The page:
US Bombs Area Seen as Possible Next Safe Haven for ISIS

Smoke rises from the western side of Mosul following a U.S.-led coalition airstrike, in Abu Saif, outside the western side of Mosul, Iraq, Feb. 22, 2017. (AP Photo/ Khalid Mohammed)
Smoke rises from the western side of Mosul following a U.S.-led coalition airstrike, in Abu Saif, outside the western side of Mosul, Iraq, Feb. 22, 2017. (AP Photo/ Khalid Mohammed)

U.S. warplanes over the weekend bombed a Syria-Iraq border area seen as the possible next safe haven for ISIS after the fall of Mosul and Raqqa.

U.S. Central Command on Saturday said airstrikes hit an "improvised weapons factory" in the western Iraqi town of Al-Qaim on the Syrian border in Anbar province. They also hit a gas and oil separation plant in the neighboring Syrian town of Abu Kamal.

Last week, Army Lt. Gen. Stephen Townsend, commander of Combined Joint Task Force-Operation Inherent Resolve, said the Islamic State of Iraq and Syria has moved freely along ancient smuggling routes between the two towns and it is suspected that ISIS leadership fleeing the siege of Mosul has moved into the area.

"We currently don't have presence nor the ability to pressure the area," Townsend said. "In the Euphrates River valley along the Syrian-Iraq border, there's an Iraqi town there, a sizable one called Al-Qaim, and a Syrian town just across the border called Abu Kamal. And the enemy has freedom of movement in there.

"We only have the ability to watch and strike when we see something that is definitely visible from the air to be enemy," he said. "I think anywhere we're not attacking is sort of a safe haven for the enemy and their leaders, and we know they like to go there because they can transit the border with relative ease in the Abu Kamal-Al Qaim area."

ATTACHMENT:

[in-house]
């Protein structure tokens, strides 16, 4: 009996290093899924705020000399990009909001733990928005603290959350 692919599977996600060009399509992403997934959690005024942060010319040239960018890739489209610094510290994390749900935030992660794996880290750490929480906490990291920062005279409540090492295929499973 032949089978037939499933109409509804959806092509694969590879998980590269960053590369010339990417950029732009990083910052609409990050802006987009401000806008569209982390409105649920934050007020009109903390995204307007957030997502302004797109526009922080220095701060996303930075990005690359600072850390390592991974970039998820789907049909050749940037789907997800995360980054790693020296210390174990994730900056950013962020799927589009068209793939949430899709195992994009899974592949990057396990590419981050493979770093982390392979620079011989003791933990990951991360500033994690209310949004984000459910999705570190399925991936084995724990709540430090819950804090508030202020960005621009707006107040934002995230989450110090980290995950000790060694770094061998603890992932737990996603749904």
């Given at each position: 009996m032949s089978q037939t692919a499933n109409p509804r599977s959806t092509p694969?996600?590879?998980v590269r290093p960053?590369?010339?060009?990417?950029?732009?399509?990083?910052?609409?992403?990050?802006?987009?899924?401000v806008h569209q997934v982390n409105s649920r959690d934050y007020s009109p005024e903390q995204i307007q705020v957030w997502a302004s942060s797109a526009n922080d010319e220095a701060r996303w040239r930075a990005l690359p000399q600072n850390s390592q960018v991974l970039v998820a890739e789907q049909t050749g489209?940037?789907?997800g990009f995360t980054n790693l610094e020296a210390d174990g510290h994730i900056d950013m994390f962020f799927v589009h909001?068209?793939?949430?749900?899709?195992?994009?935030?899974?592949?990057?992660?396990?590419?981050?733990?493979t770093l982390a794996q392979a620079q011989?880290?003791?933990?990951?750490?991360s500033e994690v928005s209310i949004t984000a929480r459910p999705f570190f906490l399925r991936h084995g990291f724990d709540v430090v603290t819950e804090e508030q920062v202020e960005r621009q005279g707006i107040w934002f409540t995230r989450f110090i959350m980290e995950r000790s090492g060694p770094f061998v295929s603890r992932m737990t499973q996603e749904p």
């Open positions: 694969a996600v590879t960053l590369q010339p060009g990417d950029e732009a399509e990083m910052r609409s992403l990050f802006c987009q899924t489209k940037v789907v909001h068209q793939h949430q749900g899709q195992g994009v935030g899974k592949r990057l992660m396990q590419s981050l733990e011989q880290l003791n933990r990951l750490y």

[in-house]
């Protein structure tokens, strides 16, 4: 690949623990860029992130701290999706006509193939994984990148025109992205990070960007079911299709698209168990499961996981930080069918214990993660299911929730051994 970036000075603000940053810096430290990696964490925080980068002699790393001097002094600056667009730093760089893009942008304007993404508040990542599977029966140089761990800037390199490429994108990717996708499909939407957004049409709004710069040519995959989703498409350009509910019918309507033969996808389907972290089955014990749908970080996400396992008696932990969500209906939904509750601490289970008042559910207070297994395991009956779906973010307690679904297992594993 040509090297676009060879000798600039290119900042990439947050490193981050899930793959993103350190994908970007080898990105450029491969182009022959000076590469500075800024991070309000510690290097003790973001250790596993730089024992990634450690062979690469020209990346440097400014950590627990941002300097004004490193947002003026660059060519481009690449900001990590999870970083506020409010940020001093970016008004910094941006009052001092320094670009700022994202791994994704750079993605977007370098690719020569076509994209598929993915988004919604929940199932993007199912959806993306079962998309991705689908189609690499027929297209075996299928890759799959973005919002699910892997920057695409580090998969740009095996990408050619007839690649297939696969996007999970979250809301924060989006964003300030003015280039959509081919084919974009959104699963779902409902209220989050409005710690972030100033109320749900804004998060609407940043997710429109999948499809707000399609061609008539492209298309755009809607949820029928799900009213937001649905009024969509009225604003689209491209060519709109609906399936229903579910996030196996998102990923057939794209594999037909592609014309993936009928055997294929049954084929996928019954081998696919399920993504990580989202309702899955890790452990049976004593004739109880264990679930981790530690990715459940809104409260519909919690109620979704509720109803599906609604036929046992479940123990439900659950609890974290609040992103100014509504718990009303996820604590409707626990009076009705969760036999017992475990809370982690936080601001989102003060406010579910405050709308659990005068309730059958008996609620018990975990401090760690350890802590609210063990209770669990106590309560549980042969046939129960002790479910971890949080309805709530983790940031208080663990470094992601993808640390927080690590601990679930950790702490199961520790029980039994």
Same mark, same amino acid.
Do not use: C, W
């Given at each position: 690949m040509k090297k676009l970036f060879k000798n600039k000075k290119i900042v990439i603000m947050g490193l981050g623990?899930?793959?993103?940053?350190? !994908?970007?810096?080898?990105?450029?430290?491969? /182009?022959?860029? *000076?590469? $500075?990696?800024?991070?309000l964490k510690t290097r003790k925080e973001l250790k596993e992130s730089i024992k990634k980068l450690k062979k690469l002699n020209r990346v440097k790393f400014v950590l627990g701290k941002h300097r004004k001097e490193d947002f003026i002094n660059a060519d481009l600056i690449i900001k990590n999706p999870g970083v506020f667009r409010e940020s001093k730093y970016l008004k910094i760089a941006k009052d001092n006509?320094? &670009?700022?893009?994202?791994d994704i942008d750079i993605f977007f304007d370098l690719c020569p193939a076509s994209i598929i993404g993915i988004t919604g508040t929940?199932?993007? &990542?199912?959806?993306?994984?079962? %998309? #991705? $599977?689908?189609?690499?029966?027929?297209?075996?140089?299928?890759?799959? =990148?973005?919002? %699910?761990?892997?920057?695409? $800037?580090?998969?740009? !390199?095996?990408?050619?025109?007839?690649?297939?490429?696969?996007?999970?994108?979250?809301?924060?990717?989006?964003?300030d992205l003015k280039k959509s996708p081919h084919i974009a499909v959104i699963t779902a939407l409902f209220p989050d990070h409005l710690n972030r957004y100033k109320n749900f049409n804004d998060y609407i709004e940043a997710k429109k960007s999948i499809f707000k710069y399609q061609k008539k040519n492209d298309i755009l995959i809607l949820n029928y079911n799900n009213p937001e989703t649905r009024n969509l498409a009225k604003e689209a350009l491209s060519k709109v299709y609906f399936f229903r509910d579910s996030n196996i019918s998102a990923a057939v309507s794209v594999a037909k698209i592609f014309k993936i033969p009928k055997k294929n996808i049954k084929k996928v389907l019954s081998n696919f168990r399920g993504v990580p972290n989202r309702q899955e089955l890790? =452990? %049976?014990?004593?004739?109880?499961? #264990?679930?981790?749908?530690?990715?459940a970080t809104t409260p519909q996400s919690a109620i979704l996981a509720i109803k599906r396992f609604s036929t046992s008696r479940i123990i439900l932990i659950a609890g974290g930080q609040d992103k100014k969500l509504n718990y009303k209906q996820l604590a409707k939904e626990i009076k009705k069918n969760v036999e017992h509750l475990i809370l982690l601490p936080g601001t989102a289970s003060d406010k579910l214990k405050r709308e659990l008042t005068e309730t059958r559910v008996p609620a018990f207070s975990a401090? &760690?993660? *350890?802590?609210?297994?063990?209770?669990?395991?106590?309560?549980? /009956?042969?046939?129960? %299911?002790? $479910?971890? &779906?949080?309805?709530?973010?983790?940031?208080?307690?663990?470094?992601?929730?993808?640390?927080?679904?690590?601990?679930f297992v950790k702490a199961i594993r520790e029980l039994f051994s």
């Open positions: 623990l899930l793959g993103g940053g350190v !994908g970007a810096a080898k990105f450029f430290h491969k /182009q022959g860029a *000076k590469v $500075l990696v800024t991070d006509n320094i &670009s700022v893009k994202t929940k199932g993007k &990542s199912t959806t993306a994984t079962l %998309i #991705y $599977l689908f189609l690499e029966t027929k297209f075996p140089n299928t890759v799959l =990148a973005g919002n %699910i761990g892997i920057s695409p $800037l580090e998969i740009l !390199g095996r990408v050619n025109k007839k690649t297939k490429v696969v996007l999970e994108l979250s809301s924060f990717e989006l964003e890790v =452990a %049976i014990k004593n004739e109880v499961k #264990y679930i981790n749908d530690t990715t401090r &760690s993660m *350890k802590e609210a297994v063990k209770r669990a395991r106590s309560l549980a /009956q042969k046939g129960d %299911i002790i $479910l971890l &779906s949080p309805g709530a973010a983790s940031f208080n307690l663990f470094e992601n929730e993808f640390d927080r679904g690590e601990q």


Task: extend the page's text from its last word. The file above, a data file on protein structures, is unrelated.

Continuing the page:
Townsend and other U.S. officials have repeatedly said that remnants of ISIS will remain a threat to the region and to the U.S. and its allies after the fall of their strongholds in Mosul in northwestern Iraq and Raqqa in northeastern Syria. U.S. officials have also said that the remaining ISIS threat may require a long-term presence of U.S. troops in Iraq.

"I have heard Iraqi officials express a desire to have a continued U.S. presence here" after Mosul is retaken, Townsend said. "I think that probably both of our governments, the government of Iraq and the U.S. government, are interested in that, but both -- both those governments have yet to make that decision."

"We're kind of focused on the current fight right now that I still think has a ways to go," he said, "but the governments have expressed an interest in that."

-- Richard Sisk can be reached at Richard.Sisk@Military.com.

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